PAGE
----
Prosecutor: No charges in shooting of pedestrian by deputy
FAYETTEVILLE, N.C. (AP) — An off-duty sheriff’s deputy won’t face charges for the fatal shooting of a Black pedestrian on a busy road earlier this year, a North Carolina prosecutor announced Thursday, saying the deputy had reason to fear bodily harm and to defend himself.
The North Carolina Conference of District Attorneys reviewed the shooting death of Jason Walker on Jan. 8 after the local district attorney recused himself from the case. In a letter Thursday, conference executive director Kimberly Overton Spahos wrote that it will not pursue charges against Jeffrey Hash, who was off duty from his job at the Cumberland County Sheriff’s Office at the time of the shooting.
The letter, citing evidence collected by the State Bureau of Investigation, said that Hash, who is white, stopped his personal vehicle in traffic about 30 feet (9 meters) from Walker when he saw him run into the road on Jan. 8 in Fayetteville. The prosecutors wrote that Walker ran forward, jumped on the hood of the truck, removed a windshield wiper and struck the windshield to the point of breaking it. Hash’s wife and daughter were inside.
After shouting at Walker to stop, Hash then exited his truck and shot Walker four times after Walker lunged at him, according to the letter.
“In this case, the evidence clearly supports the conclusion that Hash reasonably believed that he, his wife, and his child were in imminent danger of great bodily injury or death at the hands of Walker,” the letter said, adding that Walker had made a “violent assault upon the vehicle.”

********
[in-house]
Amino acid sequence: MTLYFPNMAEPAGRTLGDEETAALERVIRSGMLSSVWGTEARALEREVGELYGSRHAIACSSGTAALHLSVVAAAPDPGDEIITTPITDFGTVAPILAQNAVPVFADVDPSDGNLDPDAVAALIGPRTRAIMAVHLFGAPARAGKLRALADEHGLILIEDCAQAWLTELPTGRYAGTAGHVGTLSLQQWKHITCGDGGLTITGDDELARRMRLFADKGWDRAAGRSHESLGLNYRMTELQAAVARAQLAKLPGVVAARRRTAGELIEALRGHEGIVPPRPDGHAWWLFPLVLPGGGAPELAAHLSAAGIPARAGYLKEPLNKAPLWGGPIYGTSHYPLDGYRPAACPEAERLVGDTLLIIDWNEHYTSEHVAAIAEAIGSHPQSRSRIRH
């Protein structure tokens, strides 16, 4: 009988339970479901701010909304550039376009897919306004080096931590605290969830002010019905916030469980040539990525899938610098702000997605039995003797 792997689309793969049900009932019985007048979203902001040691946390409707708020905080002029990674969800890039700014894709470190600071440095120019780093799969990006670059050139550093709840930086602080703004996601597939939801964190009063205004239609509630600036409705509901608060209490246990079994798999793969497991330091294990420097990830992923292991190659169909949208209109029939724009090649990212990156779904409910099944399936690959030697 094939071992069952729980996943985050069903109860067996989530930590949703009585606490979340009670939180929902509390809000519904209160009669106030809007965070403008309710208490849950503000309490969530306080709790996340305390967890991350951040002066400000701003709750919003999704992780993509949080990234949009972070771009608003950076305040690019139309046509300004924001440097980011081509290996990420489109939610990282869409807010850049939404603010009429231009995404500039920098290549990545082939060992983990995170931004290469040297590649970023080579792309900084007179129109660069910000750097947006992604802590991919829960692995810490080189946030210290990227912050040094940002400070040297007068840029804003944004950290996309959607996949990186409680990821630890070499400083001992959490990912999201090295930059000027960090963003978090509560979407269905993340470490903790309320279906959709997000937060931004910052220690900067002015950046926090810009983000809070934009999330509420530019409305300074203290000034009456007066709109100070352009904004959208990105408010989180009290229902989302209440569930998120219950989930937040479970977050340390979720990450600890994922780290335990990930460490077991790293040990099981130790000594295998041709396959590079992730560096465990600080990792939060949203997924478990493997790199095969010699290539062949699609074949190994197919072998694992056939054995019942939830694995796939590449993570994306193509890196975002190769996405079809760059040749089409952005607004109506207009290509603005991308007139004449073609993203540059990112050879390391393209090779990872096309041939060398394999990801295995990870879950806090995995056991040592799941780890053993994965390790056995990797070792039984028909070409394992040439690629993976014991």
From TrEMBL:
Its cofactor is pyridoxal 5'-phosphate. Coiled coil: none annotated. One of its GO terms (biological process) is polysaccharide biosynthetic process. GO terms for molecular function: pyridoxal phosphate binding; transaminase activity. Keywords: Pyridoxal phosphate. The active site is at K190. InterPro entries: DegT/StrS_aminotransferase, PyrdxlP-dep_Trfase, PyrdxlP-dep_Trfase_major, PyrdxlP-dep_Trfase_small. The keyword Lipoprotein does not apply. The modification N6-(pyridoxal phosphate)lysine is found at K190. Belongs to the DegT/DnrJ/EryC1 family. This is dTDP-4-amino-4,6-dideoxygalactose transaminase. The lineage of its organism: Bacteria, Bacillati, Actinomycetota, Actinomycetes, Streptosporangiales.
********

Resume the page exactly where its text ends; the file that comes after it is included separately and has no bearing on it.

The letter also noted that, in considering criminal charges, prosecutors had to determine whether they could prove beyond a reasonable doubt that a crime happened.
The prosecutors wrote “while it is possible that other alternatives were available to Hash, the analysis is not and cannot be whether his actions were the only option or even the best option.”
The shooting prompted protests by demonstrators who questioned authorities’ account of what happened.
An autopsy released in March found that Walker had wounds to his head, chest, back and thigh. The report noted that no alcohol or illegal drugs were found in his system.
The prosecutor’s letter on Thursday said Walker was yelling, waving his hands and appeared to be agitated when he ran into the road.
Two witnesses at the scene spoke to officers and were recorded on previously released police body camera video, including one who identified himself as Walker’s father. The witnesses also described how Walker jumped on the vehicle, and his father said Walker tore off a windshield wiper. The videos do not show the shooting or what led up to it.
An attorney for Walker’s family, Ben Crump, has previously said a disagreement between a pedestrian and a sworn officer, who’s trained to deescalate situations, shouldn’t result in use of deadly force. Crump didn’t immediately respond to an email seeking comment.
An attorney for Hash, Parrish Daughtry, expressed gratitude that the special prosecutor followed the law and conducted a thorough investigation, which she said included a careful examination of physical evidence and witness interviews.
“We greatly appreciate that this was not a quick arrest situation, but rather that the state did what appears to be a very thorough investigation,” she said. She said her client grieves for the loss of life and for Walker’s family.